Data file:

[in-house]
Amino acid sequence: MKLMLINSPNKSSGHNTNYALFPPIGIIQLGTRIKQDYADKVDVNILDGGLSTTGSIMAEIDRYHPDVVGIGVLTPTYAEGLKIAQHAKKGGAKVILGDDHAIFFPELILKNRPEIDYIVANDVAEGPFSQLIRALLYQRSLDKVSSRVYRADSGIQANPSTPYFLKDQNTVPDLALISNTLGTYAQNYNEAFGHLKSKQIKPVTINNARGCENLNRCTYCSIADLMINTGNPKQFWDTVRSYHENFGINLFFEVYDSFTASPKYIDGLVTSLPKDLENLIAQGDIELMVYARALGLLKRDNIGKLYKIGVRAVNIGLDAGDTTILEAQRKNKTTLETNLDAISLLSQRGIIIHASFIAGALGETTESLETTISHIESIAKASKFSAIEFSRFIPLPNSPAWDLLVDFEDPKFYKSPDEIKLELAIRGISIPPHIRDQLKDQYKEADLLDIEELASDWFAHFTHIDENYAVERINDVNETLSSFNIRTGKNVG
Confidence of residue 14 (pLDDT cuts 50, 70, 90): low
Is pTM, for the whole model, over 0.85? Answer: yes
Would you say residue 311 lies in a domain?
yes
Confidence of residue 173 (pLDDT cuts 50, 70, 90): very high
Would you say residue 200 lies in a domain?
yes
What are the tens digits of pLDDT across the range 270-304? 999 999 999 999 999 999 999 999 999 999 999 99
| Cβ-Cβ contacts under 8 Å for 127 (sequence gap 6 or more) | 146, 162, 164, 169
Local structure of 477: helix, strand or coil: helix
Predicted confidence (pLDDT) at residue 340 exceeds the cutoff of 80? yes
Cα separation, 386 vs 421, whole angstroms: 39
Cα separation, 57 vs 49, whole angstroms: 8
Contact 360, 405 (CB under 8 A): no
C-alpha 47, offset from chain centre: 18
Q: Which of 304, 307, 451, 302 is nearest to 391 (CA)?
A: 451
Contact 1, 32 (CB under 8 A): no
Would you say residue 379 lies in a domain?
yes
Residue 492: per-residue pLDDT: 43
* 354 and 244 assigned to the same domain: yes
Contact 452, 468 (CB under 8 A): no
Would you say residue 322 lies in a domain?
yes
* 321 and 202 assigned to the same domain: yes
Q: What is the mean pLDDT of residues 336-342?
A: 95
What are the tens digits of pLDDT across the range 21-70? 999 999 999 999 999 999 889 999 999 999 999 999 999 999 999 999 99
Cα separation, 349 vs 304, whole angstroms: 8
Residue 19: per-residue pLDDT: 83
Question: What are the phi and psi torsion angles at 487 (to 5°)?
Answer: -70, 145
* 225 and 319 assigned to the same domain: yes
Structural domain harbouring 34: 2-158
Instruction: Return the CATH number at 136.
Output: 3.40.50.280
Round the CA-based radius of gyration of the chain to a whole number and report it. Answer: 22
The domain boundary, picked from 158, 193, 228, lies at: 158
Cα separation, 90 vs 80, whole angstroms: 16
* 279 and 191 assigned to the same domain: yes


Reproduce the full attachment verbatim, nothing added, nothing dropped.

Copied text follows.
[in-house]
Amino acid sequence: MKLMLINSPNKSSGHNTNYALFPPIGIIQLGTRIKQDYADKVDVNILDGGLSTTGSIMAEIDRYHPDVVGIGVLTPTYAEGLKIAQHAKKGGAKVILGDDHAIFFPELILKNRPEIDYIVANDVAEGPFSQLIRALLYQRSLDKVSSRVYRADSGIQANPSTPYFLKDQNTVPDLALISNTLGTYAQNYNEAFGHLKSKQIKPVTINNARGCENLNRCTYCSIADLMINTGNPKQFWDTVRSYHENFGINLFFEVYDSFTASPKYIDGLVTSLPKDLENLIAQGDIELMVYARALGLLKRDNIGKLYKIGVRAVNIGLDAGDTTILEAQRKNKTTLETNLDAISLLSQRGIIIHASFIAGALGETTESLETTISHIESIAKASKFSAIEFSRFIPLPNSPAWDLLVDFEDPKFYKSPDEIKLELAIRGISIPPHIRDQLKDQYKEADLLDIEELASDWFAHFTHIDENYAVERINDVNETLSSFNIRTGKNVG
Confidence of residue 14 (pLDDT cuts 50, 70, 90): low
Is pTM, for the whole model, over 0.85? Answer: yes
Would you say residue 311 lies in a domain?
yes
Confidence of residue 173 (pLDDT cuts 50, 70, 90): very high
Would you say residue 200 lies in a domain?
yes
What are the tens digits of pLDDT across the range 270-304? 999 999 999 999 999 999 999 999 999 999 999 99
| Cβ-Cβ contacts under 8 Å for 127 (sequence gap 6 or more) | 146, 162, 164, 169
Local structure of 477: helix, strand or coil: helix
Predicted confidence (pLDDT) at residue 340 exceeds the cutoff of 80? yes
Cα separation, 386 vs 421, whole angstroms: 39
Cα separation, 57 vs 49, whole angstroms: 8
Contact 360, 405 (CB under 8 A): no
C-alpha 47, offset from chain centre: 18
Q: Which of 304, 307, 451, 302 is nearest to 391 (CA)?
A: 451
Contact 1, 32 (CB under 8 A): no
Would you say residue 379 lies in a domain?
yes
Residue 492: per-residue pLDDT: 43
* 354 and 244 assigned to the same domain: yes
Contact 452, 468 (CB under 8 A): no
Would you say residue 322 lies in a domain?
yes
* 321 and 202 assigned to the same domain: yes
Q: What is the mean pLDDT of residues 336-342?
A: 95
What are the tens digits of pLDDT across the range 21-70? 999 999 999 999 999 999 889 999 999 999 999 999 999 999 999 999 99
Cα separation, 349 vs 304, whole angstroms: 8
Residue 19: per-residue pLDDT: 83
Question: What are the phi and psi torsion angles at 487 (to 5°)?
Answer: -70, 145
* 225 and 319 assigned to the same domain: yes
Structural domain harbouring 34: 2-158
Instruction: Return the CATH number at 136.
Output: 3.40.50.280
Round the CA-based radius of gyration of the chain to a whole number and report it. Answer: 22
The domain boundary, picked from 158, 193, 228, lies at: 158
Cα separation, 90 vs 80, whole angstroms: 16
* 279 and 191 assigned to the same domain: yes